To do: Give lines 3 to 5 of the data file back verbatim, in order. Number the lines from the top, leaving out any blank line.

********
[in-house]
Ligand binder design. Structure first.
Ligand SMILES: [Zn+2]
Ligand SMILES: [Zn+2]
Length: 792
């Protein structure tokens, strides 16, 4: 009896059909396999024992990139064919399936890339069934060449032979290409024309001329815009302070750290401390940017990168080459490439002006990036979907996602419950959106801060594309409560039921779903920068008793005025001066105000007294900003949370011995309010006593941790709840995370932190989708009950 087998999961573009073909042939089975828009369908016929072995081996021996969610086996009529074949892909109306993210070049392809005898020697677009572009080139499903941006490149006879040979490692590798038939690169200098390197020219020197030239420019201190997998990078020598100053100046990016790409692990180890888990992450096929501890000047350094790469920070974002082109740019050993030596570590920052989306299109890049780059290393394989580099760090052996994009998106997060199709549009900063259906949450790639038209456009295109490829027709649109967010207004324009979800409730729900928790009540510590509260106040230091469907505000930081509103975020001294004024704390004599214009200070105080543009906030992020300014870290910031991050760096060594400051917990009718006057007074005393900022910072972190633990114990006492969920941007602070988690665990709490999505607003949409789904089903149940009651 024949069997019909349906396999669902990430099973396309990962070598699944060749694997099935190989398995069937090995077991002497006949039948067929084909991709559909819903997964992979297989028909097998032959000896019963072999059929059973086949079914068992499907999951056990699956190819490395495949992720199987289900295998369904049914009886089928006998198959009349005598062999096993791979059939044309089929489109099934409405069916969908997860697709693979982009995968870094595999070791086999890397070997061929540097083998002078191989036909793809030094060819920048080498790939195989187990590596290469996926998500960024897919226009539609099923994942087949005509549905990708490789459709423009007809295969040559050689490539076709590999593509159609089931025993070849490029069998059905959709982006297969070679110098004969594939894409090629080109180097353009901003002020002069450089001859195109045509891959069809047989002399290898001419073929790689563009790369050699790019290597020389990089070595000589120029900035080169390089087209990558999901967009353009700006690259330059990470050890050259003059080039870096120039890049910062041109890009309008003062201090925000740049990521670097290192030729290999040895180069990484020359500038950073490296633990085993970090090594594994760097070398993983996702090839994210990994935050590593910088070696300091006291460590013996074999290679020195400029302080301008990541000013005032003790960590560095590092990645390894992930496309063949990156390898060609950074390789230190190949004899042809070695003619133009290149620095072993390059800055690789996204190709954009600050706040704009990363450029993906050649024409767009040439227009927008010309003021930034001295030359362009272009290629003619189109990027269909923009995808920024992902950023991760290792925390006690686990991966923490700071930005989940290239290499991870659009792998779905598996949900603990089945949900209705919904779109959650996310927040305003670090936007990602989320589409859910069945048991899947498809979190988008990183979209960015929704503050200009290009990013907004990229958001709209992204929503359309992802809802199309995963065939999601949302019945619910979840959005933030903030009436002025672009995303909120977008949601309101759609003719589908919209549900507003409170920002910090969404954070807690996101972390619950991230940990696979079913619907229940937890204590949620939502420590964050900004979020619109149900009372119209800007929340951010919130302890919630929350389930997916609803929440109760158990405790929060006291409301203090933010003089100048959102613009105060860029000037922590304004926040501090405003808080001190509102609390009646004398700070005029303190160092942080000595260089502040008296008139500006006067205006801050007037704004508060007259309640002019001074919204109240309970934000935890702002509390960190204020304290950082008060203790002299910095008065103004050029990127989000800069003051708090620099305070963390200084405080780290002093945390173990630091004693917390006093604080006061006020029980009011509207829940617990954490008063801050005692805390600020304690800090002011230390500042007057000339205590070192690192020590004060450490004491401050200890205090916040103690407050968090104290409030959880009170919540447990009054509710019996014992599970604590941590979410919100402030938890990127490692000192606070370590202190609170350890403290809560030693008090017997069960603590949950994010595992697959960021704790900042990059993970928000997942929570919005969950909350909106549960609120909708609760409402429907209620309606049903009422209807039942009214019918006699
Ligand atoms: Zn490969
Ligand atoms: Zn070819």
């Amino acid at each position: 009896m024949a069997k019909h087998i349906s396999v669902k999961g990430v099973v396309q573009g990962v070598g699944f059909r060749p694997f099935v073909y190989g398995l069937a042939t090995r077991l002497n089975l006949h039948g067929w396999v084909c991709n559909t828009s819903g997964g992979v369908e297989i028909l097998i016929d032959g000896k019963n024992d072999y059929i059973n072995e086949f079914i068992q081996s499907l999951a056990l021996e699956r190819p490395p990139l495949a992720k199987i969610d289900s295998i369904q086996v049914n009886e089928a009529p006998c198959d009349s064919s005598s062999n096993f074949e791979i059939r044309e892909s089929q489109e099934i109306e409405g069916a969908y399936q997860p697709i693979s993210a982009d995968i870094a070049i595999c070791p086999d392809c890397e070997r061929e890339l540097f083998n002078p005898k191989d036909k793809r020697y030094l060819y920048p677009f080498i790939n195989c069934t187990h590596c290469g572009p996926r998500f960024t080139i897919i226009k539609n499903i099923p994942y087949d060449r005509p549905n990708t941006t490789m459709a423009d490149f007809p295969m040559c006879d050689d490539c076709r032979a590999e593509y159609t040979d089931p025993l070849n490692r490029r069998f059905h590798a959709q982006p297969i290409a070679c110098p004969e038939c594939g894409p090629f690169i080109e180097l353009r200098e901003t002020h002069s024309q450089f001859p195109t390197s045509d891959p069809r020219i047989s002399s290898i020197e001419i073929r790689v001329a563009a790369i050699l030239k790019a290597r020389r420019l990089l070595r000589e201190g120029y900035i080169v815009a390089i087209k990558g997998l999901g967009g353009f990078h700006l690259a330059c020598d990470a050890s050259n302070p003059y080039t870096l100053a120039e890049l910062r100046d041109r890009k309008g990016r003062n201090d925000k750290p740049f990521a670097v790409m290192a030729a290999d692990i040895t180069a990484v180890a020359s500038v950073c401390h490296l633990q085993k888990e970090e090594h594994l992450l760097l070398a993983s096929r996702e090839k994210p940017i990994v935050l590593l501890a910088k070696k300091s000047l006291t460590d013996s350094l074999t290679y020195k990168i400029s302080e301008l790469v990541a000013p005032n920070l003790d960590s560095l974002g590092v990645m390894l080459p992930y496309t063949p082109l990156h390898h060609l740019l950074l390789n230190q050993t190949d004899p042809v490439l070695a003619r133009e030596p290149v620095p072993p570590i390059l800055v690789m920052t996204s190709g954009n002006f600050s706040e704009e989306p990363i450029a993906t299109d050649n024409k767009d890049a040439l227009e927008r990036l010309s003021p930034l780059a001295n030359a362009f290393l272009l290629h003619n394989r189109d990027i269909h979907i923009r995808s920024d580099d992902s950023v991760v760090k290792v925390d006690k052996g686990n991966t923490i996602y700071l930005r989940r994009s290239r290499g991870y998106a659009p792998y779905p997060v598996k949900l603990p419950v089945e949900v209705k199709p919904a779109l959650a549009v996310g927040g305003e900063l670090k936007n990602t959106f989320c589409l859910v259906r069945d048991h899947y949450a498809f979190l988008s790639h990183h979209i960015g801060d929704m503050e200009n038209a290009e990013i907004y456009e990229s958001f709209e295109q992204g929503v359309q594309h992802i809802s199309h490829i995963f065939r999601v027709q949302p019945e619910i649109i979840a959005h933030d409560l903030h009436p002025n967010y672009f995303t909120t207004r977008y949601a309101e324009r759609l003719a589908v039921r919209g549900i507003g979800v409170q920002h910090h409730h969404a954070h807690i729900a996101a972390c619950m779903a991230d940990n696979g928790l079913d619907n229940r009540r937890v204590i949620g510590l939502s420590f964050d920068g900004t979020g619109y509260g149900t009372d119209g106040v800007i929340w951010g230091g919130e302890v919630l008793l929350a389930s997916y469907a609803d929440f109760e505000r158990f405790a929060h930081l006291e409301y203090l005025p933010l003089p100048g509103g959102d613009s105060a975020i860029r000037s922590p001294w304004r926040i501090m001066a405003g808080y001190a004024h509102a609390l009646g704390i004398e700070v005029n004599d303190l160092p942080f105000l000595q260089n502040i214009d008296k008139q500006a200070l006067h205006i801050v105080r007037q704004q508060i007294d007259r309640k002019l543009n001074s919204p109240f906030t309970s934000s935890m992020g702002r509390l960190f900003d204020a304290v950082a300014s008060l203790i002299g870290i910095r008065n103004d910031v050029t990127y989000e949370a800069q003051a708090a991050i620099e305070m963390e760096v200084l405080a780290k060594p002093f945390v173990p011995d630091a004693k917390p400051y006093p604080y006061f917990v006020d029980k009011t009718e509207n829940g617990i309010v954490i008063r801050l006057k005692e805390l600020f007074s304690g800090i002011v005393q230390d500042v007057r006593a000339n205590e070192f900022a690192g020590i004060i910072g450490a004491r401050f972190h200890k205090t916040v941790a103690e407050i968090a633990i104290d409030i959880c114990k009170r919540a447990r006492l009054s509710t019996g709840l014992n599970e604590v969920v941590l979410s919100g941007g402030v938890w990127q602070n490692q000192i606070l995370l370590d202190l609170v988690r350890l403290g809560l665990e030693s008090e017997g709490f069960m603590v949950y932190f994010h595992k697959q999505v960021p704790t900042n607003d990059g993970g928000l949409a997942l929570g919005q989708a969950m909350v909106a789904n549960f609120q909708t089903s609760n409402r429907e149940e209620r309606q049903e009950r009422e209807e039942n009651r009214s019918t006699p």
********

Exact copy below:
Ligand SMILES: [Zn+2]
Ligand SMILES: [Zn+2]
Length: 792